Racial Preferences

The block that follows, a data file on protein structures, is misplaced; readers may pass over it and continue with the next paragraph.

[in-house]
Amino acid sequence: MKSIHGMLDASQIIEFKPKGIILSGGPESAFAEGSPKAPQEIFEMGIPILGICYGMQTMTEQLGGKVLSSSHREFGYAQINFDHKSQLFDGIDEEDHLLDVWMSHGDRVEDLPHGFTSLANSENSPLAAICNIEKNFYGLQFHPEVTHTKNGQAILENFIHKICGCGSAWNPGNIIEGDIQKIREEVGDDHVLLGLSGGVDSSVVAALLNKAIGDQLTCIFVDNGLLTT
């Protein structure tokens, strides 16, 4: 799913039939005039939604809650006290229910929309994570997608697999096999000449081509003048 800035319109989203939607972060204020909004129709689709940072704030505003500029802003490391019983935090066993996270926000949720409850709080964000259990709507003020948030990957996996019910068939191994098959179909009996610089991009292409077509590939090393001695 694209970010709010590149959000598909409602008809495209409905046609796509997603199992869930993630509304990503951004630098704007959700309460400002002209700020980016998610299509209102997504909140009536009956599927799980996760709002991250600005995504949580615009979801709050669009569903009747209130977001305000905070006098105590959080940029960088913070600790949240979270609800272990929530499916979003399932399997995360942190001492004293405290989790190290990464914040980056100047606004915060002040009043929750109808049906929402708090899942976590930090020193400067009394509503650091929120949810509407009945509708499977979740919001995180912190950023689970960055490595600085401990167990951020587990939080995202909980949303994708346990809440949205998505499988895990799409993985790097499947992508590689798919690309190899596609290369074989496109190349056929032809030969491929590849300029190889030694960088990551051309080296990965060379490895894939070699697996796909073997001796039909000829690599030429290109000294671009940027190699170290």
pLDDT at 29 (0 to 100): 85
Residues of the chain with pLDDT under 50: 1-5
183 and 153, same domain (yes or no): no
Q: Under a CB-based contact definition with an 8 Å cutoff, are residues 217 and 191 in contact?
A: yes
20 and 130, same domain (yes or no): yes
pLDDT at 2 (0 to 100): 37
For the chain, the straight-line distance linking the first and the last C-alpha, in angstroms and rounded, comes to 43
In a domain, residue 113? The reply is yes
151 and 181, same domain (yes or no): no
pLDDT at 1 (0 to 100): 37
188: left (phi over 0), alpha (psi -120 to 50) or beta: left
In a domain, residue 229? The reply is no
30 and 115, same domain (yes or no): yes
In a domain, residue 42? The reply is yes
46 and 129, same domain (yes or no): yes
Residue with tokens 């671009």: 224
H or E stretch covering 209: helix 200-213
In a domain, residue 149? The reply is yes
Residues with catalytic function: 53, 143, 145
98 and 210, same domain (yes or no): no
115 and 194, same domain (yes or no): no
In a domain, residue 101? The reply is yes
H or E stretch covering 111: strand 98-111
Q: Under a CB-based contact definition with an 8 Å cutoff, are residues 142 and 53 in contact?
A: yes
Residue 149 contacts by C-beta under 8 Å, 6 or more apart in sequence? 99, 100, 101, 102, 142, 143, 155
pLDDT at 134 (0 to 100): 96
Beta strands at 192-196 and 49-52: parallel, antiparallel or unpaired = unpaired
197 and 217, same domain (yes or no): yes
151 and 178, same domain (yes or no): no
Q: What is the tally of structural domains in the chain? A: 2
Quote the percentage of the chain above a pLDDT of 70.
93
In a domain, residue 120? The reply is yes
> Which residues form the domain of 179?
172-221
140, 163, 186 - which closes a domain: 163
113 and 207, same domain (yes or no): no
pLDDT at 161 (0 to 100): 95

Asian-American first-hand accounts often refer to the power the media has in shaping their perceptions of what is attractive, and what is not (Mok, 1996). For some Asian-Americans, White Americans seem to represent the standard for what constitutes attractiveness. As well as this, Fox and Jordan (1973) investigated racial preferences and identification in African-American, Chinese-American, and White American children, and concluded that, overall, Chinese-American children demonstrated significantly less own-race preference and identification than either African-American or White American children.  Furthermore, Amrith (1991) concluded that Asian-Americans often refer to family pressure or expectations from the media, to have surgery on themselves, with double-eyelid surgery being one of the most popular requests from Asian patients. Other types of surgery that are popular amongst Asian-Americans are: breast implants (for women), cheek implants, and nose reshaping, most likely done in an effort to look more White. In fact, Asian-Americans are the most likely to pursue cosmetic surgery than other any ethnic minority group (Chen, 1994).